Temperature correction

If measurement at 25,0 + 0,l OC is not possible, for example in field or plant work, measure the electrical conductivity of the sample at a known temperature, 19 °C. Many instruments are fitted with temperature compensation devices, and with reference to the temperature coefficient of samples, may automatically correct measurements obtained over a range of temperatures to electrical conductivity at 25,0 °C. Such instruments shall be calibrated strictly in accordance with the manufacturer’s instructions. If the temperature coefficient of the sample is not known, it may be derived by substituting electrical conductivity values experimentally determined at 25.0  0.l °C and temperatures   0.l °C. Where instruments do not incorporate a temperature compensation device, the electrical conductivity measured at  °C shall be corrected to 25.0 °C using the appropriate correction factor taken from table A. Whichever form of temperature compensation is applied to the measurement of electrical conductivity at  °C, the result will be less accurate than that actually measured at the reference temperature of 25.0 °C. In some aspects of routine fieldwork, it may not be necessary to transpose values measured at  °C to 25.0 °C. However, such measurements should be interpreted with great care and comparison with other values may be difficult or even meaningless.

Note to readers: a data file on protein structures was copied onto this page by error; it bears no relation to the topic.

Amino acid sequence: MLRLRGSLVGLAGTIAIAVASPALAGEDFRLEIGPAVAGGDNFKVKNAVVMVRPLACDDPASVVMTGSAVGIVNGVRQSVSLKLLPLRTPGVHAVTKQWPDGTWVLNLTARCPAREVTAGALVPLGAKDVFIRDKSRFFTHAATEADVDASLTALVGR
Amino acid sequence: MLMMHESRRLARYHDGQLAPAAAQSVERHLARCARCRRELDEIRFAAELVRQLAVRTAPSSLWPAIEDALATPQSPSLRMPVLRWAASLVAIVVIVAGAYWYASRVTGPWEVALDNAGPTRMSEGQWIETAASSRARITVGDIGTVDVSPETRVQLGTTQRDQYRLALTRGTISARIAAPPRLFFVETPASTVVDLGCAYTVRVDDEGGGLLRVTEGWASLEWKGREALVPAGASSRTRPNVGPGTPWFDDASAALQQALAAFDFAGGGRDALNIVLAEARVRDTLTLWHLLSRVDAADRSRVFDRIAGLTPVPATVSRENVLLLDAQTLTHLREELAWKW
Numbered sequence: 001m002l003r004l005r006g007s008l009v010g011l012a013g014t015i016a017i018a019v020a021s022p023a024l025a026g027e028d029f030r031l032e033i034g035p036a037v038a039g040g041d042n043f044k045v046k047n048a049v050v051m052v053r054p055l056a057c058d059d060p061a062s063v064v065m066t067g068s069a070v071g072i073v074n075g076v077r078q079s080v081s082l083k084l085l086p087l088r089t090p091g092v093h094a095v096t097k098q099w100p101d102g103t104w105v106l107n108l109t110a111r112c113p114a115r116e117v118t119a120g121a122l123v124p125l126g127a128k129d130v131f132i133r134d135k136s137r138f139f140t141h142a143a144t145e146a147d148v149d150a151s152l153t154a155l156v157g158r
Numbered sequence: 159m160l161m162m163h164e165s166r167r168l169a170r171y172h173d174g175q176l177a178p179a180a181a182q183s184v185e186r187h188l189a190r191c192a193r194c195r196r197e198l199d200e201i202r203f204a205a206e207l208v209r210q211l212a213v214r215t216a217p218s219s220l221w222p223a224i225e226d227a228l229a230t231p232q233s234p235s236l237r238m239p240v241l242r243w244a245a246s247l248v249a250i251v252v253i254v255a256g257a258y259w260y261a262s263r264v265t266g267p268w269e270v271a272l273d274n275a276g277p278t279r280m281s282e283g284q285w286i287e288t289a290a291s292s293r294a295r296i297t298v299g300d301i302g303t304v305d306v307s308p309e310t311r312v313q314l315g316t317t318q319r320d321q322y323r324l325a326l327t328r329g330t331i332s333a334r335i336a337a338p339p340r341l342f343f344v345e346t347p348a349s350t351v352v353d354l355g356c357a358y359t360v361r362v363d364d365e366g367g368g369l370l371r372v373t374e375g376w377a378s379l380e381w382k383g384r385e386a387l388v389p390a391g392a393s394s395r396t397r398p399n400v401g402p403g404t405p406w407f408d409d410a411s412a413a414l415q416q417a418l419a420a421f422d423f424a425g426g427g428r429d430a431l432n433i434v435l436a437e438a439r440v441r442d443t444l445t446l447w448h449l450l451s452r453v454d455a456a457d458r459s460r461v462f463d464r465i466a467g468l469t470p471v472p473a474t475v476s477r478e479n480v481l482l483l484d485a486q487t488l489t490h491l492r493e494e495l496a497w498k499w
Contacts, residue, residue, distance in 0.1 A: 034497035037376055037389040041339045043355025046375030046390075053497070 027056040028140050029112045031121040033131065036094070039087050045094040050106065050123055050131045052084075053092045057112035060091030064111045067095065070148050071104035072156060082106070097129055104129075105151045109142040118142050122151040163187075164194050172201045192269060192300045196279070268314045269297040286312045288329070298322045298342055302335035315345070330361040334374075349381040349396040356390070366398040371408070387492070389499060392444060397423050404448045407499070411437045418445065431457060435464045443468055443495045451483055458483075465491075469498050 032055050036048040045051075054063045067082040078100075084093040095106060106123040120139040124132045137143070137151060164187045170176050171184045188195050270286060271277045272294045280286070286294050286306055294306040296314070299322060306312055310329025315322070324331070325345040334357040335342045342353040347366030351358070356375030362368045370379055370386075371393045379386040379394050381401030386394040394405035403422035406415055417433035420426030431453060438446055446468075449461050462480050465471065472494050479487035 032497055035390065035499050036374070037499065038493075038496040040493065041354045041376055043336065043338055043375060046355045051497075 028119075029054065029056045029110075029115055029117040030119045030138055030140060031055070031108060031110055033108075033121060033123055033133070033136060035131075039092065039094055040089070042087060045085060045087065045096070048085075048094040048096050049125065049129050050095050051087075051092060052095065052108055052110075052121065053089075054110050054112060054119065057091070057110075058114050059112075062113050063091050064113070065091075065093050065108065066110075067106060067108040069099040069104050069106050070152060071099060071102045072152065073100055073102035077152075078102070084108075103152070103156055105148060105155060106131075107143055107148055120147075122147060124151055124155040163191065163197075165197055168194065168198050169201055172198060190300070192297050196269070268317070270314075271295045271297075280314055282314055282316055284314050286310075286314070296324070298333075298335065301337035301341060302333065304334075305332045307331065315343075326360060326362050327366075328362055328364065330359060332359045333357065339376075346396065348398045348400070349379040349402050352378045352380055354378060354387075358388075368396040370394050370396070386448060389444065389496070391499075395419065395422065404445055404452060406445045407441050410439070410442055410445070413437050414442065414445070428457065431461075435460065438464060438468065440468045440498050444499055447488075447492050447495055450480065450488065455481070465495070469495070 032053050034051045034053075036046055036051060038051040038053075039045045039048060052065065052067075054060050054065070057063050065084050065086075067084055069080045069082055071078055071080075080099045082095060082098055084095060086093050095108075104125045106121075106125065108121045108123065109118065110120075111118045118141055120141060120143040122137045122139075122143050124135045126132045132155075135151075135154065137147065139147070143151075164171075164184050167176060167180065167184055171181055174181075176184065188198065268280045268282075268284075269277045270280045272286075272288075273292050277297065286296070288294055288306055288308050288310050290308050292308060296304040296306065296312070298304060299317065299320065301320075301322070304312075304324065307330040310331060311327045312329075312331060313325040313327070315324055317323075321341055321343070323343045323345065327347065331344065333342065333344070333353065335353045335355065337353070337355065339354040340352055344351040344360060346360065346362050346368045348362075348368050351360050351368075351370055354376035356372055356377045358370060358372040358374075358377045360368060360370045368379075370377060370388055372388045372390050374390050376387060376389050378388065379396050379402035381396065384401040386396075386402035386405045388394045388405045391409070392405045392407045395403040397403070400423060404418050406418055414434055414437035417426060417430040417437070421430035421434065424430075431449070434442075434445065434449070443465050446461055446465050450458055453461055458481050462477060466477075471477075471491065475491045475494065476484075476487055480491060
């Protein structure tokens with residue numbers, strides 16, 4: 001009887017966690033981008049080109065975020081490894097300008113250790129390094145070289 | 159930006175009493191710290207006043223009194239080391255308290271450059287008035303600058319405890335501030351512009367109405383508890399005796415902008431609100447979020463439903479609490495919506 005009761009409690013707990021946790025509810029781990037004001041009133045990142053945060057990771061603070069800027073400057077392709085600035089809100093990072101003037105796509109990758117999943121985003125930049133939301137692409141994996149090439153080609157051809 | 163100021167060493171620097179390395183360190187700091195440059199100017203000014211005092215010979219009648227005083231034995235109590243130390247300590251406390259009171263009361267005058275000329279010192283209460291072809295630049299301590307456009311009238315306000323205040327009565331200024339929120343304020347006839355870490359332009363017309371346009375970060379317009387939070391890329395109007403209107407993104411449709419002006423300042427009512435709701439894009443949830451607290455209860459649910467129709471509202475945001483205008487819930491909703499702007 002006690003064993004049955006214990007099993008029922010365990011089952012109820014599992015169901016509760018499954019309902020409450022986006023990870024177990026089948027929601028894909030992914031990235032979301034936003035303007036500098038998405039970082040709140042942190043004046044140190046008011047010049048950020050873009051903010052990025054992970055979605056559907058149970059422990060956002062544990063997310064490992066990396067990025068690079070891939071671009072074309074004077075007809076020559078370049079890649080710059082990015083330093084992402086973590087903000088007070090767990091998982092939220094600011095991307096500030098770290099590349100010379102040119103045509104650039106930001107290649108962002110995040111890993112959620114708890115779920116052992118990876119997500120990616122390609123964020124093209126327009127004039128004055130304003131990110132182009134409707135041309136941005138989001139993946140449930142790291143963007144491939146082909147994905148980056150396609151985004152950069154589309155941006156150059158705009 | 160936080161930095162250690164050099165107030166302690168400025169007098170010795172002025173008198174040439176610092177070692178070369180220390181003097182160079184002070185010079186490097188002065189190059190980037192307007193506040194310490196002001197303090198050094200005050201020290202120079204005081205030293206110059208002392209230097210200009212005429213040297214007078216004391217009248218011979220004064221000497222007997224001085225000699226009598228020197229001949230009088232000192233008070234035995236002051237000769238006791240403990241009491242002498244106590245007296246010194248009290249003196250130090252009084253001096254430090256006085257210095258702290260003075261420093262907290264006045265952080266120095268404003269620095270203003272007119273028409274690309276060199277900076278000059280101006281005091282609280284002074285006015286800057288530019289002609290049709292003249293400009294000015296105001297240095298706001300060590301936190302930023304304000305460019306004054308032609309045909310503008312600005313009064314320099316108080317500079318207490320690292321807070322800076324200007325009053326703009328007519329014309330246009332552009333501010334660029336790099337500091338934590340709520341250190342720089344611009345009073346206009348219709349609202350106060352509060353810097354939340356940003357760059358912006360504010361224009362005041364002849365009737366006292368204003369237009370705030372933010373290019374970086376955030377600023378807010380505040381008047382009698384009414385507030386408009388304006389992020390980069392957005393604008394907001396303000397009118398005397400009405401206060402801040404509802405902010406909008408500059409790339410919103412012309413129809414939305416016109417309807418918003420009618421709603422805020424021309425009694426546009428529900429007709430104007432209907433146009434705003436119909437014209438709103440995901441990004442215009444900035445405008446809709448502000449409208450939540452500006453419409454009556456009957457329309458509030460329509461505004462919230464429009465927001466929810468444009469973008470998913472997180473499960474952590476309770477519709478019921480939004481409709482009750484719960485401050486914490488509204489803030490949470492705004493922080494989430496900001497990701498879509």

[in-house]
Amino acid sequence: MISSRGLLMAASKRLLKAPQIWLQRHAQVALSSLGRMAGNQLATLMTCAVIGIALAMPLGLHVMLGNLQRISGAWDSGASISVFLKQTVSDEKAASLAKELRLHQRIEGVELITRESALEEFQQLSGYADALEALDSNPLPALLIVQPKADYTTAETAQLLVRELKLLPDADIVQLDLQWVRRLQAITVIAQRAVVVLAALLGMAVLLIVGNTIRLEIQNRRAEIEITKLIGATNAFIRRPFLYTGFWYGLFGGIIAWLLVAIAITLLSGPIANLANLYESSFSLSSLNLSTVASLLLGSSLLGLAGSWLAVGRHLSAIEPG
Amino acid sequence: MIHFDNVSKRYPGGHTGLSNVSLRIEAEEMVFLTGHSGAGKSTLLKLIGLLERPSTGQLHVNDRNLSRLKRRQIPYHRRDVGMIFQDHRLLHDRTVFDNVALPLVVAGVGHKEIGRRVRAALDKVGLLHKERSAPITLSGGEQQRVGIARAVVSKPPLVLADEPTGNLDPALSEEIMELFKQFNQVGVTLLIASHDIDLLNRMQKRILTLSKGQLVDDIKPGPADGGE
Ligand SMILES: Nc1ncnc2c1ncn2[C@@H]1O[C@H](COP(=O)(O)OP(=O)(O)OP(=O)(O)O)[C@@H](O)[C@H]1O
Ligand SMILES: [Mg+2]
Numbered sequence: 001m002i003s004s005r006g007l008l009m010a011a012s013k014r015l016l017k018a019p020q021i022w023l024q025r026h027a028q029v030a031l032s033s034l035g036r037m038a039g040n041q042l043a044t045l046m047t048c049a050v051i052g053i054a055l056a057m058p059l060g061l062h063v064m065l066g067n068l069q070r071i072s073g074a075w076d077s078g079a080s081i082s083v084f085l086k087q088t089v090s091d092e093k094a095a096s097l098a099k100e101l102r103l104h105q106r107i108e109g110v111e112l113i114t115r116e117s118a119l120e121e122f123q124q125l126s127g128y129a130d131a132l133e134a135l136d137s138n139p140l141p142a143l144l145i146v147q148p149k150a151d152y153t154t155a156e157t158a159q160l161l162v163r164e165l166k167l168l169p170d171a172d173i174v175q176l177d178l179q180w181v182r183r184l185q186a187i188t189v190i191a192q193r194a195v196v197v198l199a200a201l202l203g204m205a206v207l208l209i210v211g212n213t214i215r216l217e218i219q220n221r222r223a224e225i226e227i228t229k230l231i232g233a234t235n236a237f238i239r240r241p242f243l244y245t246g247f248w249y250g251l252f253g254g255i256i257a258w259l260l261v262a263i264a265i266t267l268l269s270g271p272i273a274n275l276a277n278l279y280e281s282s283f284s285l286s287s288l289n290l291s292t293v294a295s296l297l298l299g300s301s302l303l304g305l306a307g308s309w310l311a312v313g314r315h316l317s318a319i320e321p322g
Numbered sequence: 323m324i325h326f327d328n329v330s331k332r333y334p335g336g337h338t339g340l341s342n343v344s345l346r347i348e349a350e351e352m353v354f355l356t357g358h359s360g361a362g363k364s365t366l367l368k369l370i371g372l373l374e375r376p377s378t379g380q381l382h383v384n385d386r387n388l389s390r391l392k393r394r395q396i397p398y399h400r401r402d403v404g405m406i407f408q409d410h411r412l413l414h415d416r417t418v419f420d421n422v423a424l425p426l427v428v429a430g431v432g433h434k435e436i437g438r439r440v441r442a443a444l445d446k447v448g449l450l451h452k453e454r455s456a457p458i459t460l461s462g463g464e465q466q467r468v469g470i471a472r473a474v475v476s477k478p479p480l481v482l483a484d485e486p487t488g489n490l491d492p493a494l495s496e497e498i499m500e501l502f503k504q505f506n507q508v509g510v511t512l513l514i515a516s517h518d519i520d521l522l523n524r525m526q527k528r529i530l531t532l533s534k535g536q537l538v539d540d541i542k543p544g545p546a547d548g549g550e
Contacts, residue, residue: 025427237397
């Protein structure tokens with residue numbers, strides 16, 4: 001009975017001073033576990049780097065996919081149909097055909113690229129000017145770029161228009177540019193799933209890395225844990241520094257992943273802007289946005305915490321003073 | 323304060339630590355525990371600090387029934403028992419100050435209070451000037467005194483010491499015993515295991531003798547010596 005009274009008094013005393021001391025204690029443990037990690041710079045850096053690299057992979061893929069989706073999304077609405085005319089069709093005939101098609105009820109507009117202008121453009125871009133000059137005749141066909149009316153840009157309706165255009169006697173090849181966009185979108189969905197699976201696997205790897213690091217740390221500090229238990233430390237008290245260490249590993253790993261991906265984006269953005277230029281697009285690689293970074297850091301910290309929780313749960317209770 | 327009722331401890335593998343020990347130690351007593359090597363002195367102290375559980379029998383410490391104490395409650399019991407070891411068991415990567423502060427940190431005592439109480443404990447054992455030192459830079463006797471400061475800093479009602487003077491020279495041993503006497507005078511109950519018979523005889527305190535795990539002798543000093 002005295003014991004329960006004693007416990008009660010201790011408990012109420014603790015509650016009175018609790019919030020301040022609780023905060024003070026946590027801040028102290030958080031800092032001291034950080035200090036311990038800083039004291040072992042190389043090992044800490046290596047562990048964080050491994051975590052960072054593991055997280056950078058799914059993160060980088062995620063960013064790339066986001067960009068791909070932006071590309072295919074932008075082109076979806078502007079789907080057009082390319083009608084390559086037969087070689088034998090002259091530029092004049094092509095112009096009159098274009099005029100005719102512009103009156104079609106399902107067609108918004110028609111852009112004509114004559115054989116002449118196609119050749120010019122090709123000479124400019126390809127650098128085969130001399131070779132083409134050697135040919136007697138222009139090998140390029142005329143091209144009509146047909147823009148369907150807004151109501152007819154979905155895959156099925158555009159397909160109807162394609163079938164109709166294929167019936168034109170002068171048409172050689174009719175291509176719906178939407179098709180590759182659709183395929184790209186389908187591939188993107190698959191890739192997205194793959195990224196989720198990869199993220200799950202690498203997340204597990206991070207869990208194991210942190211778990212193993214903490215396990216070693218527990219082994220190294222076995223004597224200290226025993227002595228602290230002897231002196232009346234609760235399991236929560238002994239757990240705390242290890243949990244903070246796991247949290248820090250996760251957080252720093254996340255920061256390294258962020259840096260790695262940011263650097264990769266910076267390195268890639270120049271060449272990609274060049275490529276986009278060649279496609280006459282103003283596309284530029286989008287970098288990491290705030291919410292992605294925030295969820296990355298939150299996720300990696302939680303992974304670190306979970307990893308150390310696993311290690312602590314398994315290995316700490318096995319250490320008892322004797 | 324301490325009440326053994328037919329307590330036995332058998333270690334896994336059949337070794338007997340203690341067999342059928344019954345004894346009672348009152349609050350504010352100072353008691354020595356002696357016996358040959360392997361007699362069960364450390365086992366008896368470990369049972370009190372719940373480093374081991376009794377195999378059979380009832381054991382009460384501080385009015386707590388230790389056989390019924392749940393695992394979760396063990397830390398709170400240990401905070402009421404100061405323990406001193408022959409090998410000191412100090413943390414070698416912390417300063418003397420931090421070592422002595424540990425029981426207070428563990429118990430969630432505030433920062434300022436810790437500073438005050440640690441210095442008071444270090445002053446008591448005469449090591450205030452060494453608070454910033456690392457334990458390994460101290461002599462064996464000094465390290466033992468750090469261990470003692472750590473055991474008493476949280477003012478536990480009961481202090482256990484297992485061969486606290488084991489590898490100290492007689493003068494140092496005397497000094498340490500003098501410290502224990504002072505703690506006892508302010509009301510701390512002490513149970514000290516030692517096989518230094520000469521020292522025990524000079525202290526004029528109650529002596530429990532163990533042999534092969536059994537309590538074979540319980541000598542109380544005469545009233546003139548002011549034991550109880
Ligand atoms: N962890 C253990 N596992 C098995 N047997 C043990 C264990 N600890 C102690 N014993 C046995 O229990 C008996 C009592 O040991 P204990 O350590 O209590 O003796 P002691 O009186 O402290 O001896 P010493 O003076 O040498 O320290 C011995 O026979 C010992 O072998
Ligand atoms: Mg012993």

Instrumentation

The conductivity meter applied should have a measurement range 1–1000 µS/cm, a precision within this range of 0.5% and an accuracy within 1%. Conductivity meters may be able to give the result at a pre-selected reference temperature while the actual measurement is carried out at room temperature. Other meters need a waterbath for the measurement cell in order to give a result at 25 C, which is the temperature used for EMEP’s and WMO GAW’s conductivity measurements. Besides the conductivity meter itself, a platinum conductivity cell is needed, and possibly a water bath and a thermometer.